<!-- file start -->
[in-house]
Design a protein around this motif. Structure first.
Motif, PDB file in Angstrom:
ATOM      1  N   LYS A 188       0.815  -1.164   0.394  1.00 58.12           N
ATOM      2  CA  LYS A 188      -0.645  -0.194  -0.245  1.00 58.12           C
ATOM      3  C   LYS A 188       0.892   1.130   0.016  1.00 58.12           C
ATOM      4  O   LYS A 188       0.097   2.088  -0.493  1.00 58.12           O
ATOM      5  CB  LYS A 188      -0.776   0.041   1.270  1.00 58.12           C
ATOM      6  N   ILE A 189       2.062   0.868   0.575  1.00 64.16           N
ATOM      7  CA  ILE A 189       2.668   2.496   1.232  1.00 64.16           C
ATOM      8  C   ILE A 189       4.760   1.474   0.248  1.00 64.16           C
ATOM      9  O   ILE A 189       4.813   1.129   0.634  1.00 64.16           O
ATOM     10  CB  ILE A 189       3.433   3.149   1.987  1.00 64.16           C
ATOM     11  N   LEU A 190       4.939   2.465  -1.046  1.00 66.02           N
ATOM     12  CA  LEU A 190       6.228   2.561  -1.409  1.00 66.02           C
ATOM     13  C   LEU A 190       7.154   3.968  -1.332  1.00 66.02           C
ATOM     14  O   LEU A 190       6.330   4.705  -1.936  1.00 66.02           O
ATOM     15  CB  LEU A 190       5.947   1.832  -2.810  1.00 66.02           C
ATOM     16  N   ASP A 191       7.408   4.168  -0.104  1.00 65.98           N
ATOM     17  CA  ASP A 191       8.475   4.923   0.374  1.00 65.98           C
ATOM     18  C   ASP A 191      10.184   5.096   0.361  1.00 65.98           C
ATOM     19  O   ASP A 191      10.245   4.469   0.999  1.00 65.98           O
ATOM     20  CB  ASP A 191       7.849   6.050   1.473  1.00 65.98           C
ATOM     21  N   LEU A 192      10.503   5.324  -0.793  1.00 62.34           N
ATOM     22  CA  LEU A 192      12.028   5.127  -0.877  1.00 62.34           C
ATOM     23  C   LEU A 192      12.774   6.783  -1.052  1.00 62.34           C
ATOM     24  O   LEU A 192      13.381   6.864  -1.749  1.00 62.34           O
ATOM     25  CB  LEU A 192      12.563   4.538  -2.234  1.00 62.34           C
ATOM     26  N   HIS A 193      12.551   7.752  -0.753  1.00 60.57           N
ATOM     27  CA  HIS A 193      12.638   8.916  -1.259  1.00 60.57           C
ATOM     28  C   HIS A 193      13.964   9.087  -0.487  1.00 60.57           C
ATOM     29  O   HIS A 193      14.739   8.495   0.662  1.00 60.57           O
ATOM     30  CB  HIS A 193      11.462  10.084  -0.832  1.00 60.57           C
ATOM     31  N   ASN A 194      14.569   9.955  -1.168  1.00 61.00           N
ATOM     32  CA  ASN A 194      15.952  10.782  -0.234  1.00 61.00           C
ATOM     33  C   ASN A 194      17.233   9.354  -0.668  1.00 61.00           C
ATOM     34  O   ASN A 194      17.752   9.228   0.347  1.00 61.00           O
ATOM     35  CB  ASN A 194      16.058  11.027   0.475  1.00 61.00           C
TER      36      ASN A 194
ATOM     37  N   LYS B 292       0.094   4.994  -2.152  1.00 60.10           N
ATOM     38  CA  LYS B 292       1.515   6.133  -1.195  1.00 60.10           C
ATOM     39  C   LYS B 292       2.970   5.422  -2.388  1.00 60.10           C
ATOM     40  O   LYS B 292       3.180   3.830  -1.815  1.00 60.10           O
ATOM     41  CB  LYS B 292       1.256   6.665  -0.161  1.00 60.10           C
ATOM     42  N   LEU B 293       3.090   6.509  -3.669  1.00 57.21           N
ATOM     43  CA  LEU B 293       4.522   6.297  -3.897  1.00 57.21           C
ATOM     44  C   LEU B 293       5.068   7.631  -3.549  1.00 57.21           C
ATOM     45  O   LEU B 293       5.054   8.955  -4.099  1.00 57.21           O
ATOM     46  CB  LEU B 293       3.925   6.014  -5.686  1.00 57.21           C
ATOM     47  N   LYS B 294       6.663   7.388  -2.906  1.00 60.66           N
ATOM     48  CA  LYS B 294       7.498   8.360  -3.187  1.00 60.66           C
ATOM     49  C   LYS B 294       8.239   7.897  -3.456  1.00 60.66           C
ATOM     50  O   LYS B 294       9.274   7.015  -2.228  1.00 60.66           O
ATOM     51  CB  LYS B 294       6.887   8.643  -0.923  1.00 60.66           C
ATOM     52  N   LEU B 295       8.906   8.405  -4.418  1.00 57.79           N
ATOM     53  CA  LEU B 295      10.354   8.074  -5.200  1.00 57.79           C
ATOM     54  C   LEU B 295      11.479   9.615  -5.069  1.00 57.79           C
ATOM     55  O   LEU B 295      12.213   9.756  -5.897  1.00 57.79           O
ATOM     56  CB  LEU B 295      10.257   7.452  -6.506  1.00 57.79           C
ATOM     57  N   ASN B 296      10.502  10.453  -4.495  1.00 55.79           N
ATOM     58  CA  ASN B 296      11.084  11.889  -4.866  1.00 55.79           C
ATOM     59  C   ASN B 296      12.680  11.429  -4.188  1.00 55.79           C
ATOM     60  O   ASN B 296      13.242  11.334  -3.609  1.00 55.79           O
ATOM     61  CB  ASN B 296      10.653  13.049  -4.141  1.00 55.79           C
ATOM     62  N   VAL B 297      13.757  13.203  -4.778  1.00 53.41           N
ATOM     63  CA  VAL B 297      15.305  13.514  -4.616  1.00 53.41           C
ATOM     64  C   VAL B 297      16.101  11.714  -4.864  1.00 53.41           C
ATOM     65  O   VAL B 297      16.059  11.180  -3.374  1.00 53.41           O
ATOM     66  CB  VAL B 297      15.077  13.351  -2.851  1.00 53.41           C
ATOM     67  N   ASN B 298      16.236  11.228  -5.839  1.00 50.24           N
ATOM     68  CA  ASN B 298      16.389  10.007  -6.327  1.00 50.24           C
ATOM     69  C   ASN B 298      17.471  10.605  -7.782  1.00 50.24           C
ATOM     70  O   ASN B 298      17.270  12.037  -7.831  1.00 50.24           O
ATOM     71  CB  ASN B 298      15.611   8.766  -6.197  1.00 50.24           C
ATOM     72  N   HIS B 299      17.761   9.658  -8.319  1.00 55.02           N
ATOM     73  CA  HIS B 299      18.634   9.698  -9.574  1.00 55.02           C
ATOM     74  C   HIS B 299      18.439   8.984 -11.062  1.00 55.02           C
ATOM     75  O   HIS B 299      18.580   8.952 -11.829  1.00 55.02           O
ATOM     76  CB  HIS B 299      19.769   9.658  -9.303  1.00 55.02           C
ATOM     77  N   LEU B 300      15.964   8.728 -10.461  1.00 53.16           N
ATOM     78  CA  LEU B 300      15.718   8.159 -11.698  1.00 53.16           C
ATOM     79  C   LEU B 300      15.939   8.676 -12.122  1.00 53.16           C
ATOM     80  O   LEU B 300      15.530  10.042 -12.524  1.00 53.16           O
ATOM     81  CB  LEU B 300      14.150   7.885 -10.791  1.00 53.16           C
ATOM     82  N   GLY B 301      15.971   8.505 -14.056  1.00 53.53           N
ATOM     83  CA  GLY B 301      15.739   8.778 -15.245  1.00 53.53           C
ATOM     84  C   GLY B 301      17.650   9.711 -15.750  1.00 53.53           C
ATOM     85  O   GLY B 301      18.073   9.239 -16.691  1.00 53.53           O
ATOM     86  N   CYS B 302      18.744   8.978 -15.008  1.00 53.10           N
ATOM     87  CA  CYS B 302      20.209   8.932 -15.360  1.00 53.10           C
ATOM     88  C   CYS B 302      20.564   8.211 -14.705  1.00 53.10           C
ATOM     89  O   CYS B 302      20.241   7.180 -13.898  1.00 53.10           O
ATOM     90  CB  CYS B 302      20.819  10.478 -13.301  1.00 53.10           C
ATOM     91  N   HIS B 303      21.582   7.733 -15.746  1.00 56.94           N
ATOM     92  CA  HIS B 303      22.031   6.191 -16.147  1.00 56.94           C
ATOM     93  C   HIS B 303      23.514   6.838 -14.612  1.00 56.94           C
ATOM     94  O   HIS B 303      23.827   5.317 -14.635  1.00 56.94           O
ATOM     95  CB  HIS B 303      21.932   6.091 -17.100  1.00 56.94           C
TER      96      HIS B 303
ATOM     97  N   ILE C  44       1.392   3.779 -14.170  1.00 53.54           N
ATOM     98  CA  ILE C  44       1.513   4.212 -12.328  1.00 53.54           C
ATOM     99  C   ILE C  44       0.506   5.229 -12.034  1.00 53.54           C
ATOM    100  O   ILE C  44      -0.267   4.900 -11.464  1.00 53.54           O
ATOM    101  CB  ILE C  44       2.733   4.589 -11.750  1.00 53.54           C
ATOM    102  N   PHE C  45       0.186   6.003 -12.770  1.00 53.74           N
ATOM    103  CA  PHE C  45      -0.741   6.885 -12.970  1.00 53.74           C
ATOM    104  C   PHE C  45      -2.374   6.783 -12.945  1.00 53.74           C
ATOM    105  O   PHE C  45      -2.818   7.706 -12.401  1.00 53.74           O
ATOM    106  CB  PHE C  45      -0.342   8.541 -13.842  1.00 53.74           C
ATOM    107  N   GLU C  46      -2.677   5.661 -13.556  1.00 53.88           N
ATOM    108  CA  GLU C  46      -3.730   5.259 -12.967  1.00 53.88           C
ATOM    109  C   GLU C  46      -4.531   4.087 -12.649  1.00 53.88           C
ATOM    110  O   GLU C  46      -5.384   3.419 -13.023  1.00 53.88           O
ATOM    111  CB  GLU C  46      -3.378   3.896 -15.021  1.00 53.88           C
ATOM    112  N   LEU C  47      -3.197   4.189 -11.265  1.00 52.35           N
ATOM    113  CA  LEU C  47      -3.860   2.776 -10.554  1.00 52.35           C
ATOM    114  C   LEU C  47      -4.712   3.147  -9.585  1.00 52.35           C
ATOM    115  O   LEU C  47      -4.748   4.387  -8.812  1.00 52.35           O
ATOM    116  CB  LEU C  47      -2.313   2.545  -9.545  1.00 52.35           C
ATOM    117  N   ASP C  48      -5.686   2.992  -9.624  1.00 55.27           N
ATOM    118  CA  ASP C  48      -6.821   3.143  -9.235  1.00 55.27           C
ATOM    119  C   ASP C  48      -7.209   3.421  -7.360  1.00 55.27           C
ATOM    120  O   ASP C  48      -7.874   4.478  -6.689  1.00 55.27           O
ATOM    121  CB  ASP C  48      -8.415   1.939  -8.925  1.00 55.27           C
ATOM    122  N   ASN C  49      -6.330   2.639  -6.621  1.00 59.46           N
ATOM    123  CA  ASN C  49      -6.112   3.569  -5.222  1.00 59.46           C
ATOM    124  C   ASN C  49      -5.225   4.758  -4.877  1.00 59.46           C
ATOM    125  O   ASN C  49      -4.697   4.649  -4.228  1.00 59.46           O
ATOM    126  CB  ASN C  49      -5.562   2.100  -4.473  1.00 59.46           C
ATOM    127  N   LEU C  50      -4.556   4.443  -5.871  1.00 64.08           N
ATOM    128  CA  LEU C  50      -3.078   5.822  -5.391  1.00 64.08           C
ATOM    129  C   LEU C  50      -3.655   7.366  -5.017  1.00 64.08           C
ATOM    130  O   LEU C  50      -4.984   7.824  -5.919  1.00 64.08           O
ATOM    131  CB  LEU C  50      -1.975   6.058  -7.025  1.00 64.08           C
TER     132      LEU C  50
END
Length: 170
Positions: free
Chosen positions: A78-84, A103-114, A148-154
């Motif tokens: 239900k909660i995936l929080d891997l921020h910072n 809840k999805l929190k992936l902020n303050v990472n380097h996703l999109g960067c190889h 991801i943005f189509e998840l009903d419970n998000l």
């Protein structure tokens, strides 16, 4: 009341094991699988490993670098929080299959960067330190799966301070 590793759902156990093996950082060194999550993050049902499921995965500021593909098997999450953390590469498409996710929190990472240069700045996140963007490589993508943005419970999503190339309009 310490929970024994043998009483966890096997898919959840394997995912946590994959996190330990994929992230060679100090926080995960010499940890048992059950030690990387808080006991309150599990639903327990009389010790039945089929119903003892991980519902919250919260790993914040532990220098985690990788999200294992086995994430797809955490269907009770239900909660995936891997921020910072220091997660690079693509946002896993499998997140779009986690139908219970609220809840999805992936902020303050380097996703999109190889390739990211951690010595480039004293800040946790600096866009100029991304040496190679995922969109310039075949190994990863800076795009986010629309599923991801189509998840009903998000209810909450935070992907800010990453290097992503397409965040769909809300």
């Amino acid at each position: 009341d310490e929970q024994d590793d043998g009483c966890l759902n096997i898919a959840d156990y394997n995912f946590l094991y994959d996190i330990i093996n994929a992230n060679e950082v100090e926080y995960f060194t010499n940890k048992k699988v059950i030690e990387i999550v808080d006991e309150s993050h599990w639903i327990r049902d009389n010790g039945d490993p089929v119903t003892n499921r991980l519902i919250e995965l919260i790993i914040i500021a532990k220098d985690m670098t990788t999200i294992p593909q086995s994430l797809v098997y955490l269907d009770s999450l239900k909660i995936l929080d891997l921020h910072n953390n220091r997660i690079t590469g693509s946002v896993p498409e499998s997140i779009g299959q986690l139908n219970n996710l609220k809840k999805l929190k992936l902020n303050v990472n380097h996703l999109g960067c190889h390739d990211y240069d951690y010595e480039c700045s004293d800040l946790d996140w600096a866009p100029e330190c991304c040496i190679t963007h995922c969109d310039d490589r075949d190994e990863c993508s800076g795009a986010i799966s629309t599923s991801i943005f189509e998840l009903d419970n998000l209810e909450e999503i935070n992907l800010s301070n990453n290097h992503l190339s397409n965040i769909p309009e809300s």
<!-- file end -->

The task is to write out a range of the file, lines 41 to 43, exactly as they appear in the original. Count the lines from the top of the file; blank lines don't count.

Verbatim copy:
ATOM     38  CA  LYS B 292       1.515   6.133  -1.195  1.00 60.10           C
ATOM     39  C   LYS B 292       2.970   5.422  -2.388  1.00 60.10           C
ATOM     40  O   LYS B 292       3.180   3.830  -1.815  1.00 60.10           O